When you get dressed in the morning, or choose a background for your Instagram story, chances are the colour you gravitate to says something about your mood. Brights on a good day, black on a crap one – colour can make a big statement to the world about where your head is at.
For Sophie Allison, aka Soccer Mommy, embracing light and shade isn't just about knowing which hoodie to pull on. For her second record, the 22-year-old Nashvillian went all out and doused her brain in a muted rainbow of blue, yellow and grey. What results is 'Color Theory' - a ten-track, three-section exploration of all the emotions sent to break us.
"The blue section is about sadness and depression, it's about heartbreak, and it also talks a lot about water, so the imagery matches that mood," she tells us. "'Yellow' is way more high strung, talking about physical sickness, but also anxiety and a warning feeling. And then grey is obviously just this void... lacking joy, it's about death and evil in the world. I think it's also about all the things that take a piece of your soul - death and grief obviously - but also dealing with feelings of wanting your own life to end. It's really just a personification of all the evil in the world, morally – stuff that trips or seduces you, the more subtle evil that battles with your moral conscious as you try and make it through the world without getting degraded."
If the topics feel heavy, it's because they are, but this open and confessional approach to songwriting is one that has been a long-time coming for Allison. Having pricked the ears of critics and fans alike with 'Clean', her 2018 studio debut hinted at her experiences of mental health but often hid it within traditional love and heartbreak, masking some of the more entrenched issues underneath. This time around, both her lyrical and musical palettes are much more expansive, benefitting from a longer gestational period in the studio and the support of her bandmates, who were involved in recording from the very off.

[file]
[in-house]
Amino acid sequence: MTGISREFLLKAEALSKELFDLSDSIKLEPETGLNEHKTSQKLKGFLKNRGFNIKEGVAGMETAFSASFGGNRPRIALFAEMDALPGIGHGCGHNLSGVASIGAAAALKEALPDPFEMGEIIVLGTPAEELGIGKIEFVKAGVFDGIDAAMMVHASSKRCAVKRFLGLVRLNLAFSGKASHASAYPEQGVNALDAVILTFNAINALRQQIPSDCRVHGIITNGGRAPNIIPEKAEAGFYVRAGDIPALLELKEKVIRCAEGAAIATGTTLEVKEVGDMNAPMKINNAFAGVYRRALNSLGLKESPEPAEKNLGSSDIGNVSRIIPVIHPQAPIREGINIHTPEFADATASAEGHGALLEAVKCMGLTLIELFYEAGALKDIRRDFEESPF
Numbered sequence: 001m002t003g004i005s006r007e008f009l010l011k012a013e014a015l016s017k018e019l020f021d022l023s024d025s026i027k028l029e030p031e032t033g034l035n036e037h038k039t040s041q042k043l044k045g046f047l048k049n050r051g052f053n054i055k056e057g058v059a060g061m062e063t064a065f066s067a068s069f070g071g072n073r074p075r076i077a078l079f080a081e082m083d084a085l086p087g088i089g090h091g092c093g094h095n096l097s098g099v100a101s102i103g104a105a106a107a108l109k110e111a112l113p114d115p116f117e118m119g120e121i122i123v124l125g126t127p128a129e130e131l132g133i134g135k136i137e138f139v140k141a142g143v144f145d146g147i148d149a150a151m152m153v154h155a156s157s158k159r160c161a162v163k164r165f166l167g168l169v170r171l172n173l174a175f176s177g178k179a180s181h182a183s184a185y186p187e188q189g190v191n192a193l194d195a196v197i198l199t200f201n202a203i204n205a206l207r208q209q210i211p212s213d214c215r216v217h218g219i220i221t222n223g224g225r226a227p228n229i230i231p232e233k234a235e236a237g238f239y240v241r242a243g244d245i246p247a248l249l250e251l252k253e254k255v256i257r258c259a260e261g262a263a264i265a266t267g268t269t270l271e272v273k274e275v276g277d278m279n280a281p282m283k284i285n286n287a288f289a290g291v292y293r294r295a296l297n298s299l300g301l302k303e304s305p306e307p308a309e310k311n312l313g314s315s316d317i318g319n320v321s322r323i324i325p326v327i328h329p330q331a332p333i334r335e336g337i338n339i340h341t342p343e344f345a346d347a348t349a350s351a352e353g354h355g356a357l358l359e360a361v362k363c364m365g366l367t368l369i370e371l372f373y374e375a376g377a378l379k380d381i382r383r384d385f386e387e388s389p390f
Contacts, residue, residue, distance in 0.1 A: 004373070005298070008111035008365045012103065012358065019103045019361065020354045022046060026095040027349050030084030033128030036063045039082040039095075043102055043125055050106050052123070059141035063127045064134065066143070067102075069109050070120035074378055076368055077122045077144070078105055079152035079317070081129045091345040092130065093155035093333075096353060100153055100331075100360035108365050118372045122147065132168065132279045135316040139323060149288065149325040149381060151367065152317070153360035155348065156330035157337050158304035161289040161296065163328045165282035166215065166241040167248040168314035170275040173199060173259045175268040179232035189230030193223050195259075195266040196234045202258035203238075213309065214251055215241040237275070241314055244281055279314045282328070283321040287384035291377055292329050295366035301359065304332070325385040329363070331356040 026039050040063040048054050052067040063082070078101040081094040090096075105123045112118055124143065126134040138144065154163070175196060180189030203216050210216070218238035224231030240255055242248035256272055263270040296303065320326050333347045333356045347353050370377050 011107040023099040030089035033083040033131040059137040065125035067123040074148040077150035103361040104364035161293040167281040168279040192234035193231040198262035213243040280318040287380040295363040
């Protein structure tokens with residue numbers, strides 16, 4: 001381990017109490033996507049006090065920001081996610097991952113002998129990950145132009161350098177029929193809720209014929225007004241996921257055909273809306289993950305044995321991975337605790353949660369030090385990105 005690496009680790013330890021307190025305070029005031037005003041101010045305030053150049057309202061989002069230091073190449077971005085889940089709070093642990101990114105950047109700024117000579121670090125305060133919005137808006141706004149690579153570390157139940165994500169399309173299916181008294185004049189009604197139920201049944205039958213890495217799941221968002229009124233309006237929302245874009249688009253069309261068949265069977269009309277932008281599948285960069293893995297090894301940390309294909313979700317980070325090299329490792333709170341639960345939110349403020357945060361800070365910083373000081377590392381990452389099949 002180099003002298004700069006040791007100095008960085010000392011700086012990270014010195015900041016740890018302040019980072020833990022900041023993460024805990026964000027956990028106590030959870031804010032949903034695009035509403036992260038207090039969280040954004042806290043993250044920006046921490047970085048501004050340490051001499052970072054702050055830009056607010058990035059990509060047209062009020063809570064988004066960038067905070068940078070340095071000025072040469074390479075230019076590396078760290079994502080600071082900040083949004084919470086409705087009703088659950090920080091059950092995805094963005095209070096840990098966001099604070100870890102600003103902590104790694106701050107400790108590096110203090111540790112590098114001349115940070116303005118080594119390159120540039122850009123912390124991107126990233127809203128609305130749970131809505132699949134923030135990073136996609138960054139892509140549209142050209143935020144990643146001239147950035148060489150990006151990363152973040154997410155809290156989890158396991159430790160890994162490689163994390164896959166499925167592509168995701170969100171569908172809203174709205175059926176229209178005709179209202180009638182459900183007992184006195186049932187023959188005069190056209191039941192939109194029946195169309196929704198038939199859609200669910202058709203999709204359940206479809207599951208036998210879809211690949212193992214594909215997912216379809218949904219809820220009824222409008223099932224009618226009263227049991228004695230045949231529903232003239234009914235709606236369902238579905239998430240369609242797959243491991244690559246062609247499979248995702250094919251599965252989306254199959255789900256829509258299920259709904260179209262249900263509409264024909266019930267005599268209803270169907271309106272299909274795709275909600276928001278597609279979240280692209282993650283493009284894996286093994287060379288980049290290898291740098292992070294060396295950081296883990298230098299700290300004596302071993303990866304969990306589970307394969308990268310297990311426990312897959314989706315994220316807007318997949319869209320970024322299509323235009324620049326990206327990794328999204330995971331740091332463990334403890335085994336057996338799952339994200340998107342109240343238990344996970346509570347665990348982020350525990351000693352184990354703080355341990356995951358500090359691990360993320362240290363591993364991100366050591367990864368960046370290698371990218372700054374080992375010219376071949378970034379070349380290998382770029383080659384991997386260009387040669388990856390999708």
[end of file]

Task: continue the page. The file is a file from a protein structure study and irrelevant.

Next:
"I couldn't have made this record as the first one just because I was in a completely different headspace. When I went to record 'Clean' I had never really recorded in a big studio before, so I didn't know anything besides these ideas I had and give these feelings that I wanted to convey – nostalgia, and like, warm summer breeze," she laughs. "Now I've had that experience, I've learned a lot about what I want to do with a vocal to make it sound the way I want. All of these [mental health] problems still existed, or at least a lot of them did, but a lot of it wasn't as pressing for me back then as relationships or loneliness were. On this record, I'm in a happy relationship, so [the lyrics] are more about things I've had the space to realise are still fucked up about me. It's kind of like, oh, yeah, let's deal with the shit that's just been piling up around when I wasn't looking…"